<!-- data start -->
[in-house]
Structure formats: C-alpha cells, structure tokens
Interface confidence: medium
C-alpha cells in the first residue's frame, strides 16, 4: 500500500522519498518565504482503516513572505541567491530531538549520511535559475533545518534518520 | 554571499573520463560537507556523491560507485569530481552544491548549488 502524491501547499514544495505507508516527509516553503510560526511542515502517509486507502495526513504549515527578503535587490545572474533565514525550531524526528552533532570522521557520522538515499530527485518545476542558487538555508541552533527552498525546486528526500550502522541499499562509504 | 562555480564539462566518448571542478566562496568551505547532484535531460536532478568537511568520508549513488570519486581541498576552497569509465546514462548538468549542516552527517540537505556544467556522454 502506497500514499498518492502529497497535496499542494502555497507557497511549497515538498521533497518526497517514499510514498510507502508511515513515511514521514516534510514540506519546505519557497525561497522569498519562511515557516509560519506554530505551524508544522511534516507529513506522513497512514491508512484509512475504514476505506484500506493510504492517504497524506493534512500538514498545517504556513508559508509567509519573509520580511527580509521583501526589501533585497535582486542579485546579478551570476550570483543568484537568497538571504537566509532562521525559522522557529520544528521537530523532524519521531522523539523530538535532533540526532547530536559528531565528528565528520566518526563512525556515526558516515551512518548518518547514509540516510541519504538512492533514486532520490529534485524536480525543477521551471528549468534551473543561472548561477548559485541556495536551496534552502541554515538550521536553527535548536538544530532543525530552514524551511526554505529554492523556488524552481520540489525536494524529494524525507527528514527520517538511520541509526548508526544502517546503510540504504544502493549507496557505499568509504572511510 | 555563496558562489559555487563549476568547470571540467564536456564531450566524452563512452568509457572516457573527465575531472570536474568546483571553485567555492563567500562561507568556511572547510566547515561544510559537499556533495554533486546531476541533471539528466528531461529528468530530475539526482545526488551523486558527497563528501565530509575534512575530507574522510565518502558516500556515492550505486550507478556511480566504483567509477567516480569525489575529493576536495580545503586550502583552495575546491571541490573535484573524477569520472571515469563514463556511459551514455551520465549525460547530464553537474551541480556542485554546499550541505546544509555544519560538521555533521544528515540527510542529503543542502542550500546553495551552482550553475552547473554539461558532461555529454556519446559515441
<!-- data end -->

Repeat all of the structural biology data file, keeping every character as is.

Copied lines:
[in-house]
Structure formats: C-alpha cells, structure tokens
Interface confidence: medium
C-alpha cells in the first residue's frame, strides 16, 4: 500500500522519498518565504482503516513572505541567491530531538549520511535559475533545518534518520 | 554571499573520463560537507556523491560507485569530481552544491548549488 502524491501547499514544495505507508516527509516553503510560526511542515502517509486507502495526513504549515527578503535587490545572474533565514525550531524526528552533532570522521557520522538515499530527485518545476542558487538555508541552533527552498525546486528526500550502522541499499562509504 | 562555480564539462566518448571542478566562496568551505547532484535531460536532478568537511568520508549513488570519486581541498576552497569509465546514462548538468549542516552527517540537505556544467556522454 502506497500514499498518492502529497497535496499542494502555497507557497511549497515538498521533497518526497517514499510514498510507502508511515513515511514521514516534510514540506519546505519557497525561497522569498519562511515557516509560519506554530505551524508544522511534516507529513506522513497512514491508512484509512475504514476505506484500506493510504492517504497524506493534512500538514498545517504556513508559508509567509519573509520580511527580509521583501526589501533585497535582486542579485546579478551570476550570483543568484537568497538571504537566509532562521525559522522557529520544528521537530523532524519521531522523539523530538535532533540526532547530536559528531565528528565528520566518526563512525556515526558516515551512518548518518547514509540516510541519504538512492533514486532520490529534485524536480525543477521551471528549468534551473543561472548561477548559485541556495536551496534552502541554515538550521536553527535548536538544530532543525530552514524551511526554505529554492523556488524552481520540489525536494524529494524525507527528514527520517538511520541509526548508526544502517546503510540504504544502493549507496557505499568509504572511510 | 555563496558562489559555487563549476568547470571540467564536456564531450566524452563512452568509457572516457573527465575531472570536474568546483571553485567555492563567500562561507568556511572547510566547515561544510559537499556533495554533486546531476541533471539528466528531461529528468530530475539526482545526488551523486558527497563528501565530509575534512575530507574522510565518502558516500556515492550505486550507478556511480566504483567509477567516480569525489575529493576536495580545503586550502583552495575546491571541490573535484573524477569520472571515469563514463556511459551514455551520465549525460547530464553537474551541480556542485554546499550541505546544509555544519560538521555533521544528515540527510542529503543542502542550500546553495551552482550553475552547473554539461558532461555529454556519446559515441